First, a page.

Marvel Masterworks: Golden Age Daring Mystery Comics Vol. 2 ($59.99) reprints issues #5-8, and is only useful as fodder for a Leonard Pinth-Garnell’s “Bad Comics” skit, providing you can do a passable Dan Ackroyd. Otherwise, wait for volume 3. That should be better, because Timely publisher Martin Goodman learned his lesson, and when Daring Mystery Comics returned in late 1942, it starred popular characters by established pros.

* The third and fourth seasons of Irwin Allen’s TV series Voyage to the Bottom of the Sea are considered low points, as they leaned heavily on implausible sci-fi plots and a “monster of the week” (usually men in rubber suits). The second and last volume of the same-named comic book archives suffers from the same problem.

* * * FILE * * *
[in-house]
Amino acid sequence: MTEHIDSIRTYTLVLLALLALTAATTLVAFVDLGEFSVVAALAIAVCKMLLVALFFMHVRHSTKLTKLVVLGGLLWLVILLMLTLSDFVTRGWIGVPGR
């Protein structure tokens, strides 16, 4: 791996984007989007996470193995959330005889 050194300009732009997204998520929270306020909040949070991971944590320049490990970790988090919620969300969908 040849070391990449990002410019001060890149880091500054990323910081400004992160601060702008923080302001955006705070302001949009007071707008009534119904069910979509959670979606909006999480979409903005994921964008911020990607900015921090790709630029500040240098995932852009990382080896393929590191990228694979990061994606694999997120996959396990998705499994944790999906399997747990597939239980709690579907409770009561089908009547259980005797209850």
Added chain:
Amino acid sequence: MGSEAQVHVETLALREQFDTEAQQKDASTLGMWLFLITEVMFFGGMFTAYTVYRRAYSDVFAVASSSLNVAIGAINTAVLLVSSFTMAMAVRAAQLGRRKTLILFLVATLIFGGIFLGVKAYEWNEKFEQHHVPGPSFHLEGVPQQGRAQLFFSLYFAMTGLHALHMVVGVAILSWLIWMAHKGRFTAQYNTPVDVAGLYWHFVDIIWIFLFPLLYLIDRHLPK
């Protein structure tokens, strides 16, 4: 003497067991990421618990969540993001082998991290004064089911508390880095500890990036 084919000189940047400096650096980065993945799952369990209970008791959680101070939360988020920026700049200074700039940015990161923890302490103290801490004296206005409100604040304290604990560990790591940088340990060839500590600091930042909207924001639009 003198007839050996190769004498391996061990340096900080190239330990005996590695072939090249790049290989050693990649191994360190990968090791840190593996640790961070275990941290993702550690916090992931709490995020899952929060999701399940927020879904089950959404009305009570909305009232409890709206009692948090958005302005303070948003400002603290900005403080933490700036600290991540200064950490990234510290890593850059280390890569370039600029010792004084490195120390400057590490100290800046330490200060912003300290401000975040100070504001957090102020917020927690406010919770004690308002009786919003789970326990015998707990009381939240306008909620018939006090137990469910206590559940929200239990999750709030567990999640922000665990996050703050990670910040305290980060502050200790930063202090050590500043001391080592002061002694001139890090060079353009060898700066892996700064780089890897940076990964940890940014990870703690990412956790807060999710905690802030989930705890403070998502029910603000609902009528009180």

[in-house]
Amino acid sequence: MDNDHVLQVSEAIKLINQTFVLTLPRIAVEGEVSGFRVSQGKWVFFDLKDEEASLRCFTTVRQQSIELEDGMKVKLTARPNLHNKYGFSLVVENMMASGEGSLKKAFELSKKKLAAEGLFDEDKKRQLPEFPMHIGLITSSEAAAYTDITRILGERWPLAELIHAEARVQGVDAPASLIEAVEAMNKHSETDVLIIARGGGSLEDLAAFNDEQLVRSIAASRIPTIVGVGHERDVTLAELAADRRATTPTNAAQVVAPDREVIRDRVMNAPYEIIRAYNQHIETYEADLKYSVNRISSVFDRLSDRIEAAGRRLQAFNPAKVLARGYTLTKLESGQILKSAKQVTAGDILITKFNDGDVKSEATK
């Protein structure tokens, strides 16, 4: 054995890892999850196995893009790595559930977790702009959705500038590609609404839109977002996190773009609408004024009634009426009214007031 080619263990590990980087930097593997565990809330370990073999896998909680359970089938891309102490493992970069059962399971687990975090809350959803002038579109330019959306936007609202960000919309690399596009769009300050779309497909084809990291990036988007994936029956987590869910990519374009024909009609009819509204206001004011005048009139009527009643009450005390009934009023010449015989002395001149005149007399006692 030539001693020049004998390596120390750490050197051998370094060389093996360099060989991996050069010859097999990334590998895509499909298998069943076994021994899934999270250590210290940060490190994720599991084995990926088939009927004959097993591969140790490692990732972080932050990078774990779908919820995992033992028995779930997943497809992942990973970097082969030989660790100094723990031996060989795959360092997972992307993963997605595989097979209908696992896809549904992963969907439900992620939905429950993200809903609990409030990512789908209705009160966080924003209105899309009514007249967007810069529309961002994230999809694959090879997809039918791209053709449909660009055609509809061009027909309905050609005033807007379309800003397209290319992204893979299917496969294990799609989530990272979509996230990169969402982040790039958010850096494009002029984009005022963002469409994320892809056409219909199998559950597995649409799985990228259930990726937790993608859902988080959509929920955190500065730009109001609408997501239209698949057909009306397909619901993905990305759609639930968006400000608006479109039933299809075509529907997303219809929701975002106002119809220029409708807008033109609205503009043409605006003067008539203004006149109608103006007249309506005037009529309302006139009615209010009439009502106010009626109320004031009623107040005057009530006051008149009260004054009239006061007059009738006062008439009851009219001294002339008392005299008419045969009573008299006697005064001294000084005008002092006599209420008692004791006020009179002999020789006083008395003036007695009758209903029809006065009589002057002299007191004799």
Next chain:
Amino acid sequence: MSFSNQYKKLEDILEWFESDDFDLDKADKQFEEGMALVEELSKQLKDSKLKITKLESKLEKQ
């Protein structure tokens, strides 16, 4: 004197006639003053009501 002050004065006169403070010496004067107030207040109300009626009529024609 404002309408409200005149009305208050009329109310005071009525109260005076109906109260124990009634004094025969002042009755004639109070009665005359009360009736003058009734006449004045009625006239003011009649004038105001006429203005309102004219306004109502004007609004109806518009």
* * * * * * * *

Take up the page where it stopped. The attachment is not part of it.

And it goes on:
Hermes Press has done comics historians a favor with Voyage to the Bottom of the Sea Vol. 2 ($49.99), which completes this 1960s Gold Key series by reprinting the last eight issues (#7-14, 1967-68). But as a reader, I found the stories (probably by Dick Wood and Marshall McClintock) silly and forgettable. The bland art by Alberto Giolitti and crummy Gold Key printing doesn’t help.

Contact Andrew A. Smith of the Memphis Commercial Appeal at capncomics@aol.com.

Views: 270

Comment by PowerBook Pete, the Mad Mod on March 12, 2010 at 2:58pm
Are there any stories in Daring Mystery that show us how the Fin managed to walk through a doorway?
Comment by Jeff of Earth-J on March 12, 2010 at 4:18pm